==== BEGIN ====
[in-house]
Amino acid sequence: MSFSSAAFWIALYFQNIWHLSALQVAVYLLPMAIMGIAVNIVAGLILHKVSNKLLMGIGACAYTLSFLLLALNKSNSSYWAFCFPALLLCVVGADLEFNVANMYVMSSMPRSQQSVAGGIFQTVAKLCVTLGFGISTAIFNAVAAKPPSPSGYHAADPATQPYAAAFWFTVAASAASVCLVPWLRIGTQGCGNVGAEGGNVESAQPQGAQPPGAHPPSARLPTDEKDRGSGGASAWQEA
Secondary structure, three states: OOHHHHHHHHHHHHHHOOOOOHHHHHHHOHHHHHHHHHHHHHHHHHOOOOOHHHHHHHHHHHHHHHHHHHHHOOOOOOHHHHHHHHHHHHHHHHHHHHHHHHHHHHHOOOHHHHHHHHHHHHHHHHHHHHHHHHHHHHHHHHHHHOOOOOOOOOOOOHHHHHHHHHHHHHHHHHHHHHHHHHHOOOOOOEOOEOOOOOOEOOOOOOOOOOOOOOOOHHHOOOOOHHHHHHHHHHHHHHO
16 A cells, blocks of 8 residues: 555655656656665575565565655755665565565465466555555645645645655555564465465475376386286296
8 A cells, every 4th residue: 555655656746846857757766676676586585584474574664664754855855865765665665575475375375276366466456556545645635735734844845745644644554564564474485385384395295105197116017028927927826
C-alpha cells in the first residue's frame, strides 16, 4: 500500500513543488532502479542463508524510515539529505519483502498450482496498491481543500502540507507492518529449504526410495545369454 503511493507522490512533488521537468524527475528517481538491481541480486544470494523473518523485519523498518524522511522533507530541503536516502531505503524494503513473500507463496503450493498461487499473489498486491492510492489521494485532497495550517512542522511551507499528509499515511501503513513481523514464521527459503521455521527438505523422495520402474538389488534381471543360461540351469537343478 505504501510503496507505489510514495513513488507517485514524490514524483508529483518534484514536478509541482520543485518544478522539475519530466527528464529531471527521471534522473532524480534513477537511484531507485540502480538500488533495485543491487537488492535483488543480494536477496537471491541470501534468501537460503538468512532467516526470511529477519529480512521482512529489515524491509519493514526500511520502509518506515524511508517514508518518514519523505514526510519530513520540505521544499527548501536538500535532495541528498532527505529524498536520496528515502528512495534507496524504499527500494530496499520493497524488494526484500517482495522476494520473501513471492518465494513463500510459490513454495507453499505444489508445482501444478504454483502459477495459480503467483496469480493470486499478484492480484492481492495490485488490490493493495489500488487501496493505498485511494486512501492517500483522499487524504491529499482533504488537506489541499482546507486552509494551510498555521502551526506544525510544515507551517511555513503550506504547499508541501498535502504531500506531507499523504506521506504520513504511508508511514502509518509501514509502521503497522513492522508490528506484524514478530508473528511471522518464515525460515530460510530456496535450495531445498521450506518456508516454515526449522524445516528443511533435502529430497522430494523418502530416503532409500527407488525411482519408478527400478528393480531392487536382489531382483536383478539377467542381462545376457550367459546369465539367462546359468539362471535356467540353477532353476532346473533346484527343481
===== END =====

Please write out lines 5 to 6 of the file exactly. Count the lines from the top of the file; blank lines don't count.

8 A cells, every 4th residue: 555655656746846857757766676676586585584474574664664754855855865765665665575475375375276366466456556545645635735734844845745644644554564564474485385384395295105197116017028927927826
C-alpha cells in the first residue's frame, strides 16, 4: 500500500513543488532502479542463508524510515539529505519483502498450482496498491481543500502540507507492518529449504526410495545369454 503511493507522490512533488521537468524527475528517481538491481541480486544470494523473518523485519523498518524522511522533507530541503536516502531505503524494503513473500507463496503450493498461487499473489498486491492510492489521494485532497495550517512542522511551507499528509499515511501503513513481523514464521527459503521455521527438505523422495520402474538389488534381471543360461540351469537343478 505504501510503496507505489510514495513513488507517485514524490514524483508529483518534484514536478509541482520543485518544478522539475519530466527528464529531471527521471534522473532524480534513477537511484531507485540502480538500488533495485543491487537488492535483488543480494536477496537471491541470501534468501537460503538468512532467516526470511529477519529480512521482512529489515524491509519493514526500511520502509518506515524511508517514508518518514519523505514526510519530513520540505521544499527548501536538500535532495541528498532527505529524498536520496528515502528512495534507496524504499527500494530496499520493497524488494526484500517482495522476494520473501513471492518465494513463500510459490513454495507453499505444489508445482501444478504454483502459477495459480503467483496469480493470486499478484492480484492481492495490485488490490493493495489500488487501496493505498485511494486512501492517500483522499487524504491529499482533504488537506489541499482546507486552509494551510498555521502551526506544525510544515507551517511555513503550506504547499508541501498535502504531500506531507499523504506521506504520513504511508508511514502509518509501514509502521503497522513492522508490528506484524514478530508473528511471522518464515525460515530460510530456496535450495531445498521450506518456508516454515526449522524445516528443511533435502529430497522430494523418502530416503532409500527407488525411482519408478527400478528393480531392487536382489531382483536383478539377467542381462545376457550367459546369465539367462546359468539362471535356467540353477532353476532346473533346484527343481